The young man considered this a moment. He remembered that the Talmud says that Shabbos is a taste of the world-to-come. "So what would be so wrong if I deducted two greitzer from what I spend on Shabbos and earn the world-to-come itself? That is a better deal." He immediately heeded this good thought and for two greitzer bought Rabbi Moshe Leib a glass of tea.

"You have simply kept me alive," Rabbi Moshe Leib told him. "Now if you buy me another glass of tea, I will bless you with many blessings and salvation."

Again, the young man considered for a minute. "How can a person let such a great bargain pass him by? So many blessings for two greitzer. I will grab this bargain too." And he bought Rabbi Moshe Leib a second glass of tea.

Immediately, just as he had promised, Rabbi Moshe Leib blessed him and his entire family with all types of success, salvation and blessing.

"If you buy me a third glass of wine," Rabbi Moshe Leib told him, "I will bless you for many generations to come."

"This I cannot do by any means," the young man replied. "I must at least spend two greitzer to bring candles home for Shabbos."

Rabbi Moshe Leib blessed him profusely and asked him, "Do you have any possessions at home?"

"Yes," the young man answered him. "I have a cow, which provides us with some dairy."

"Sell the cow," Rabbi Moshe Leib told him, "and on Sunday, God willing, coming here dressed in your Shabbos clothes. Bring along the money you received for selling the cow, and look for me in the marketplace. Then you will see what I promised you come about. With God's help, my blessings to you will come true, and you will, God willing, become a very wealthy person as result of these blessings."

When he came home, the young man told his wife everything that had happened to him that day. "Don't you worry any more, my wife," he told her. "I am already a millionaire, thank God, and you are my millionairess, and our children are millionaires' children. But I must sell the cow."

"What are you saying? What are you talking about?" his wife burst out. "Are you crazy? Are you out of your mind? A cow I will let you sell? This little bit of dairy is what we live on! And who knows what that man will tell you to do next with the few rheinish you get for the cow! Maybe he will tell you to give them away, and he will pay you with his blessings. And I know you--you will certainly give him the money. But I would like to see what will come of all this."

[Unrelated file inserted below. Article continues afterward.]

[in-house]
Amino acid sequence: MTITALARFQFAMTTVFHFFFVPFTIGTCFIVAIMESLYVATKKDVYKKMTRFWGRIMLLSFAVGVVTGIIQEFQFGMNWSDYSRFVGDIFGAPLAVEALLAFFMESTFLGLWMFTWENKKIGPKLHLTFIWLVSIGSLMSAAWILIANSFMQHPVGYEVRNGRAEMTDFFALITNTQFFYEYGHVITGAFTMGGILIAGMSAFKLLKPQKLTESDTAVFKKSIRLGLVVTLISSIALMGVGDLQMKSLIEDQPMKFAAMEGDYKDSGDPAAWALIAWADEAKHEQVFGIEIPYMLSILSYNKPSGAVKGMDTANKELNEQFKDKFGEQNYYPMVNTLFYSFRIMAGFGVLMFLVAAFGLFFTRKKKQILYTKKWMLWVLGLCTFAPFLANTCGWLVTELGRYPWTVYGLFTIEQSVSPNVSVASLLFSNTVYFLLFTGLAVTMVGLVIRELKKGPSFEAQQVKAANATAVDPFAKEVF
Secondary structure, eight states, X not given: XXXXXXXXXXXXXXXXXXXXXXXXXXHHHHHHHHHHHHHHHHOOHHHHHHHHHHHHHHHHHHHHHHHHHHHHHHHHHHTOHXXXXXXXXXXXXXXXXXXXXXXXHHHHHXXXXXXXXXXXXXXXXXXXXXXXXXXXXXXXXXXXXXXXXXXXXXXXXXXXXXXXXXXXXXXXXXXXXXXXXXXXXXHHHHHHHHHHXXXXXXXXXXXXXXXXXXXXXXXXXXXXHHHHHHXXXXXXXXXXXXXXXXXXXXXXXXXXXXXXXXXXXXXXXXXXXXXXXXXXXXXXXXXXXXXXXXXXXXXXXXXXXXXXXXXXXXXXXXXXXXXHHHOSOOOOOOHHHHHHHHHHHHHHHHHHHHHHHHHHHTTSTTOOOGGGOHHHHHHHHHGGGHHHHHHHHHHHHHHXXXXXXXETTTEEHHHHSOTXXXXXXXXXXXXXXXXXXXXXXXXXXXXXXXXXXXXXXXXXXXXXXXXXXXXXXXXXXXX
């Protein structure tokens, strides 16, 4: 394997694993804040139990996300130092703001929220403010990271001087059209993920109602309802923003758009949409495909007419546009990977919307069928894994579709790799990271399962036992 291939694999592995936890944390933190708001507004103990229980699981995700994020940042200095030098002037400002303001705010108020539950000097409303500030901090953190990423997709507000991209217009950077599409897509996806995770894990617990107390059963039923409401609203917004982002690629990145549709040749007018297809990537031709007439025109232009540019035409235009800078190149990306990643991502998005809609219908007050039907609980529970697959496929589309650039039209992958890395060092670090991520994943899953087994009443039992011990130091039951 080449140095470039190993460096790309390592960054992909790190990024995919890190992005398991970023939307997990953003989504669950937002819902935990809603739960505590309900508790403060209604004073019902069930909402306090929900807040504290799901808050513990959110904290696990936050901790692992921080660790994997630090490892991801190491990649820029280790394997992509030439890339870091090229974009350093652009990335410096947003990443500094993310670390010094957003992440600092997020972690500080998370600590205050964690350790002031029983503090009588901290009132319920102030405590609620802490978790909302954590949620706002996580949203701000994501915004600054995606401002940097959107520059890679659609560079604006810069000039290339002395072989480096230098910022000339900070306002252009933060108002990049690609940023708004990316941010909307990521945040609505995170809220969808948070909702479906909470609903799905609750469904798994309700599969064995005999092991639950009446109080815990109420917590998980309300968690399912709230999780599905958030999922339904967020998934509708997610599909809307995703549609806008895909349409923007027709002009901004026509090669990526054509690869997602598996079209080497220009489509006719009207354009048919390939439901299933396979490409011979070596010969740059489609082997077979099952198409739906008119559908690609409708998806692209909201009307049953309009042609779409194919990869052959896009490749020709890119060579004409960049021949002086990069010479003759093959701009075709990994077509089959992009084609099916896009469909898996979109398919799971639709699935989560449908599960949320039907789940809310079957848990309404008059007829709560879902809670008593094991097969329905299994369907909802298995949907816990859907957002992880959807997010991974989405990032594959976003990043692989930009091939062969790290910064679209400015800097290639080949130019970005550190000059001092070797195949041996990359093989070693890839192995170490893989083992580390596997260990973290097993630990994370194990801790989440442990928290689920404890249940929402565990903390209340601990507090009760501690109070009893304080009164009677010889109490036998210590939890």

Her husband answered her, "If a merchant will come and ask if I want to sell the cow, then I will know that this is a sign from heaven. And I will require another sign as well. Our cow, you know, is worth twelve rheinish. I will ask the merchant for forty-two rheinish. If he will give me that price exactly, I will sell the cow and be sure that this is from heaven. Then I will do everything that that Jew told me."

Very early Sunday morning, a merchant came to the young man and asked him, "How much would you like for your cow?"

"Forty-two rheinish," the young man promptly replied.

"Perhaps you would lower your price?" the merchant asked him.

"No, not even by a zekseril," the young man replied.

The merchant did not dicker much more, but paid a full forty-two rheinish.

The young man saw that the blessings were not vain. He immediately put on his Shabbos clothing, took the sum of money in his pocket and went to town. There, he looked for the Jew in the marketplace. But he could not find him.

to be continued....

Shivchei Haramal


by Yaacov Dovid Shulman

If not for the gravel you walk upon,
You would not have any feet.
Grab onto the bookcase
And then the wind will come that tries to blow you away.

You were asleep. Now you have woken
Into a broader sleep.

Find the river in your dream.
Waterwheels are turning lazily,
A hundred spaced upon the banks,
Feeding the golden fields.

Sail upon the river's broad expanse.
View from its mouth the vastness of the harbor.
Turn the other way, fight your way
To its source, a stream in the unhacked jungle.
When you can be as clean as that water,
You will be able to experience God.